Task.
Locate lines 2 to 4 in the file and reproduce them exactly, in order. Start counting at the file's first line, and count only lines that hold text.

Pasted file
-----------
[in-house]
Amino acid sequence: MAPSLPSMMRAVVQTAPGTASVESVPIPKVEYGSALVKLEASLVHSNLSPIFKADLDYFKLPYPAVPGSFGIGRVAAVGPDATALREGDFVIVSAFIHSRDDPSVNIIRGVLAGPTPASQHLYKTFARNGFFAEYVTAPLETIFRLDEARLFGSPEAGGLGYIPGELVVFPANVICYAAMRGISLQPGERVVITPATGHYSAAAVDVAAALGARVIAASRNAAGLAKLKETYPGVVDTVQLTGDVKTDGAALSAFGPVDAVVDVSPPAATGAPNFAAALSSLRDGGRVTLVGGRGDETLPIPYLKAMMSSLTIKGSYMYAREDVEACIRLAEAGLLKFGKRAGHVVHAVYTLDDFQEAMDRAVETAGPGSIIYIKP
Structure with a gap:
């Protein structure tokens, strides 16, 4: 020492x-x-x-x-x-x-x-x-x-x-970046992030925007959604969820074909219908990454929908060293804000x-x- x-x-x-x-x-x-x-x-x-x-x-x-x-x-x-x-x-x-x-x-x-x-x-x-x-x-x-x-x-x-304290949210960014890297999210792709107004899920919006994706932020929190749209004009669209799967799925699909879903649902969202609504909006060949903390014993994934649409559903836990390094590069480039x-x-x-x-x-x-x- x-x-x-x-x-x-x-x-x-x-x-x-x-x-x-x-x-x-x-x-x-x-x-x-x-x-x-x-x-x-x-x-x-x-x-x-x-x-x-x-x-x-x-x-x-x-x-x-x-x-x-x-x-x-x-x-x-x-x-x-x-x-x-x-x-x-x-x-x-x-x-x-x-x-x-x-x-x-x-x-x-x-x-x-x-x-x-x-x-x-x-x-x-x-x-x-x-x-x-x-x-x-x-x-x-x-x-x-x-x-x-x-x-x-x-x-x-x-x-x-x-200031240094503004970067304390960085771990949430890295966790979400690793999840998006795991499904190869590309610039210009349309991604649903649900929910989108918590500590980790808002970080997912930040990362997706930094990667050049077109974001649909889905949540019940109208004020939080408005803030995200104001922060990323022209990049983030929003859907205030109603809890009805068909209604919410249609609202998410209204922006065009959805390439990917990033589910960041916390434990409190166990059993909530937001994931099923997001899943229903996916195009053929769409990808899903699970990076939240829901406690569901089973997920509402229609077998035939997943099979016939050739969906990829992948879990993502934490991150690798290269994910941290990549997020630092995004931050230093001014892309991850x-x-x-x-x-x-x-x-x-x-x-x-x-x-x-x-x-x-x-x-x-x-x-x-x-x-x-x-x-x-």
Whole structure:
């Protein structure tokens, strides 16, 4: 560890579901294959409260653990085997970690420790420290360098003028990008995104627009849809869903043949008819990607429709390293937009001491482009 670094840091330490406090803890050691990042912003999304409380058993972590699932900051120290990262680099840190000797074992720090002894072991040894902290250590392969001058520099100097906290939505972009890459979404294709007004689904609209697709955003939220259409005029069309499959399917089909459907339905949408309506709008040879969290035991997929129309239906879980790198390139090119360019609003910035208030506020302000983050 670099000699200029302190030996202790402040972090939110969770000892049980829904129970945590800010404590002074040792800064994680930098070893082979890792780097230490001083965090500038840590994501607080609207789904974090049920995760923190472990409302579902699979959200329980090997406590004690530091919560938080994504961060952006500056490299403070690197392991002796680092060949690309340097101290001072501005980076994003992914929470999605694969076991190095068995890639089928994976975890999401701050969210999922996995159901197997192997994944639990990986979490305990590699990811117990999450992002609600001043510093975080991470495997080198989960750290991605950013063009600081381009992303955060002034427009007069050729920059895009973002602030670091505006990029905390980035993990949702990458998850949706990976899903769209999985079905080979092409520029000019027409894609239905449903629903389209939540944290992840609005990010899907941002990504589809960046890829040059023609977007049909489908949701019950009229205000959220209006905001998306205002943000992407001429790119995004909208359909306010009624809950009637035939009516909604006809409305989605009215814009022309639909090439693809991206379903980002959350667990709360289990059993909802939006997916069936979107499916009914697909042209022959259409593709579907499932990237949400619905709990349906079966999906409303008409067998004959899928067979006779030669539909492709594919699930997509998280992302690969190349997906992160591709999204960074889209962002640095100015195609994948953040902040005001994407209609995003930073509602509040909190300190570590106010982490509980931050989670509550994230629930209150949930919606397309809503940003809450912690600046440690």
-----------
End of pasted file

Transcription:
Amino acid sequence: MAPSLPSMMRAVVQTAPGTASVESVPIPKVEYGSALVKLEASLVHSNLSPIFKADLDYFKLPYPAVPGSFGIGRVAAVGPDATALREGDFVIVSAFIHSRDDPSVNIIRGVLAGPTPASQHLYKTFARNGFFAEYVTAPLETIFRLDEARLFGSPEAGGLGYIPGELVVFPANVICYAAMRGISLQPGERVVITPATGHYSAAAVDVAAALGARVIAASRNAAGLAKLKETYPGVVDTVQLTGDVKTDGAALSAFGPVDAVVDVSPPAATGAPNFAAALSSLRDGGRVTLVGGRGDETLPIPYLKAMMSSLTIKGSYMYAREDVEACIRLAEAGLLKFGKRAGHVVHAVYTLDDFQEAMDRAVETAGPGSIIYIKP
Structure with a gap:
């Protein structure tokens, strides 16, 4: 020492x-x-x-x-x-x-x-x-x-x-970046992030925007959604969820074909219908990454929908060293804000x-x- x-x-x-x-x-x-x-x-x-x-x-x-x-x-x-x-x-x-x-x-x-x-x-x-x-x-x-x-x-x-304290949210960014890297999210792709107004899920919006994706932020929190749209004009669209799967799925699909879903649902969202609504909006060949903390014993994934649409559903836990390094590069480039x-x-x-x-x-x-x- x-x-x-x-x-x-x-x-x-x-x-x-x-x-x-x-x-x-x-x-x-x-x-x-x-x-x-x-x-x-x-x-x-x-x-x-x-x-x-x-x-x-x-x-x-x-x-x-x-x-x-x-x-x-x-x-x-x-x-x-x-x-x-x-x-x-x-x-x-x-x-x-x-x-x-x-x-x-x-x-x-x-x-x-x-x-x-x-x-x-x-x-x-x-x-x-x-x-x-x-x-x-x-x-x-x-x-x-x-x-x-x-x-x-x-x-x-x-x-x-x-200031240094503004970067304390960085771990949430890295966790979400690793999840998006795991499904190869590309610039210009349309991604649903649900929910989108918590500590980790808002970080997912930040990362997706930094990667050049077109974001649909889905949540019940109208004020939080408005803030995200104001922060990323022209990049983030929003859907205030109603809890009805068909209604919410249609609202998410209204922006065009959805390439990917990033589910960041916390434990409190166990059993909530937001994931099923997001899943229903996916195009053929769409990808899903699970990076939240829901406690569901089973997920509402229609077998035939997943099979016939050739969906990829992948879990993502934490991150690798290269994910941290990549997020630092995004931050230093001014892309991850x-x-x-x-x-x-x-x-x-x-x-x-x-x-x-x-x-x-x-x-x-x-x-x-x-x-x-x-x-x-």